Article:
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Apple's SIM Card Plan Ditched?

micro-sim-cardPreviously, it had been rumored that Apple was trying to design its own SIM card for iPhone users, to give them a chance to use the device and be able to bypass carrier contracts at the same time.  But now, some carriers are saying they would forgo subsidizing the costs of the phone if Apple were to follow up on those plans.

According to The Sunday Telegraph, Apple has decided to scrap the plan after carriers threatened to continue subsidizing the costs of phone.  Currently, mobile operators pay Apple the full cost of the phone, which they then pass on to the consumer for free, provided they sign up for 24-month contracts.

Apple had been planning on excluding carriers, like Vodafone and O2, from the sales process, in an attempt to try and build a better relationship with customers.  Apple had been trying to create an integrated SIM card which would allow customers to buy the phone outright.

Said a senior source at a mobile operator: “Apple has long been trying to build closer and closer relationships and cut out the operators.  But this time they have been sent back to the drawing board with their tails between their legs.”  Ouch.

In sort of a “consolation prize” though, Apple is still moving forward with the new SIM card in iPads.  The report is that Apple is planning to bring out the new integrated-SIM versions of the iPad prior to Christmas or early on in the new year.  The reason Apple is able to move forward with the iPad instead of the iPhone on this is because the iPad isn’t subsidized by mobile carriers.

The Sunday Telegraph continued saying that a new version of the iPad would be released within a few weeks and would be comparable the current model.  One change though is that the “lock” button on the right-hand side would be switched to a “mute” button such as the one on the iPhone.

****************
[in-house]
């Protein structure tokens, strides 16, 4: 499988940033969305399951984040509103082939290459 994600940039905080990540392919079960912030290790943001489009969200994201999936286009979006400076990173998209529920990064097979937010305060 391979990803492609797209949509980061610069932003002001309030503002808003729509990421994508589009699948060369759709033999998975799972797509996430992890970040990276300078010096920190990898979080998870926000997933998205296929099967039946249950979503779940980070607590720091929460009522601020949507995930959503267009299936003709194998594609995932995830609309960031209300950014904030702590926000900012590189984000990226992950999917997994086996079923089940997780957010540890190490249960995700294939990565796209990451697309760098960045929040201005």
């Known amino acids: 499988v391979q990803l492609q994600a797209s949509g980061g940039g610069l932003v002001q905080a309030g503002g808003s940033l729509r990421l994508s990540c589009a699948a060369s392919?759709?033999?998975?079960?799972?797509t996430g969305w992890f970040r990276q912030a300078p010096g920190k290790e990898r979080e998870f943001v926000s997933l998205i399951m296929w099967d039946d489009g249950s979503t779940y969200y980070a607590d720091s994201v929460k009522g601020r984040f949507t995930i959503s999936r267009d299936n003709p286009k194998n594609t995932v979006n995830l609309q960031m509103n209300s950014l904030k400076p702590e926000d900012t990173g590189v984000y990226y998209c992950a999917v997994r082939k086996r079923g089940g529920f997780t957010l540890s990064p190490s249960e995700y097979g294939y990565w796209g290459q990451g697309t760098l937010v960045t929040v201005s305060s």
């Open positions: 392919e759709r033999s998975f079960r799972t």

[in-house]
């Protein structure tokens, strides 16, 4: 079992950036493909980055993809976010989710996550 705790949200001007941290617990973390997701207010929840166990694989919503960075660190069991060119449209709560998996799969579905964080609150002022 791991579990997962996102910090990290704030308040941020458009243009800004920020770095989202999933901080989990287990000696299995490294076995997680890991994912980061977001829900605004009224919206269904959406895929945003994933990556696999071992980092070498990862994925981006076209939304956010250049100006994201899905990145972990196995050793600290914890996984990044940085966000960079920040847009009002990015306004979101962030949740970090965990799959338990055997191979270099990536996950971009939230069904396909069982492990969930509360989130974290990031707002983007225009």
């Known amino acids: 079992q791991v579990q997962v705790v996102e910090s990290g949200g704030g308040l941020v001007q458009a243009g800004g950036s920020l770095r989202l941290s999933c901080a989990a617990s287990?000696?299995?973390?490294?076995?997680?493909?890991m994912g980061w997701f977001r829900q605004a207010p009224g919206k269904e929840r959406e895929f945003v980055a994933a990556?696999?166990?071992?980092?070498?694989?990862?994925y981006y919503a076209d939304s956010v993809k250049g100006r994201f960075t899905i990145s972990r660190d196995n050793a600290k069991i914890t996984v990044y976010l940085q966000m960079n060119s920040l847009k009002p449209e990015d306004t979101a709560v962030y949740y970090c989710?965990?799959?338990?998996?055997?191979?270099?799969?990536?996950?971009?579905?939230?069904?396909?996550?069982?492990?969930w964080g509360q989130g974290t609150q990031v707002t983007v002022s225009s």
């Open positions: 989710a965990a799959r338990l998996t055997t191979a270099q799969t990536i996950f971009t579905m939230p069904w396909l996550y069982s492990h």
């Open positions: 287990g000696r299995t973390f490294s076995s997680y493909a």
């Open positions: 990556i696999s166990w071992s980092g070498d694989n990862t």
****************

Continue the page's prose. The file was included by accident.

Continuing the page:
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Viacom Doesn't Like TV Rental Plan Either; CBS Possibly Open To It


Apple’s 99 cent rental plan just isn’t getting a whole lot of love from TV execs.  Yesterday it was Jeff Zucker and now Viacom and CBS aren’t exactly giving the new plan hugs and kisses either. 

“The 99-cent rental is not a good price point,” stated Viacom CEO Philipe Dauman.  “It doesn’t work for us.”

Viacom operates cable networks such as Comedy Central and Nickelodeon, and Viacom “invests heavily to produce its content,” notes Dauman.  Viacom is looking to up its investment in original content.

“We value our content a lot,” said Dauman.  “We don’t think Apple has it quite right yet.”


Over at CBS, CEO Les Moonves, is still being a bit wishy-washy about the subject.  Moonves expressed compliments toward Apple, but wants to see how the other networks involved, fare first.

“What we said to them — and the Apple guys are terrific and obviously the application is terrific — is let us see what happens,” noted Moonves.  “There are two networks in and two networks not in.  Let’s see what happens and maybe we’ll talk again in January, maybe we’ll talk again next year.”

As for the networks that have actually agreed to the deal so far, FOX and ABC, COO of FOX, Chase Carey said “I think we have to be willing to test some things,” and that they were willing to take a “short-term” risk on the rental plan.

Walt Disney Co. CEO Robert Iger wants his company to be a leader in adopting digital technology.  “We made a decision five years ago — actually when I got this job — that we would be much better off aligning with technology companies than fighting them,” he said.

“We think the rest of the studios will see the light and get on board pretty fast,” noted Apple CEO Steve Jobs on September 1st.

Time will certainly tell!

via AppleInsider

Follow this article’s author, Matthew Tilmann on Twitter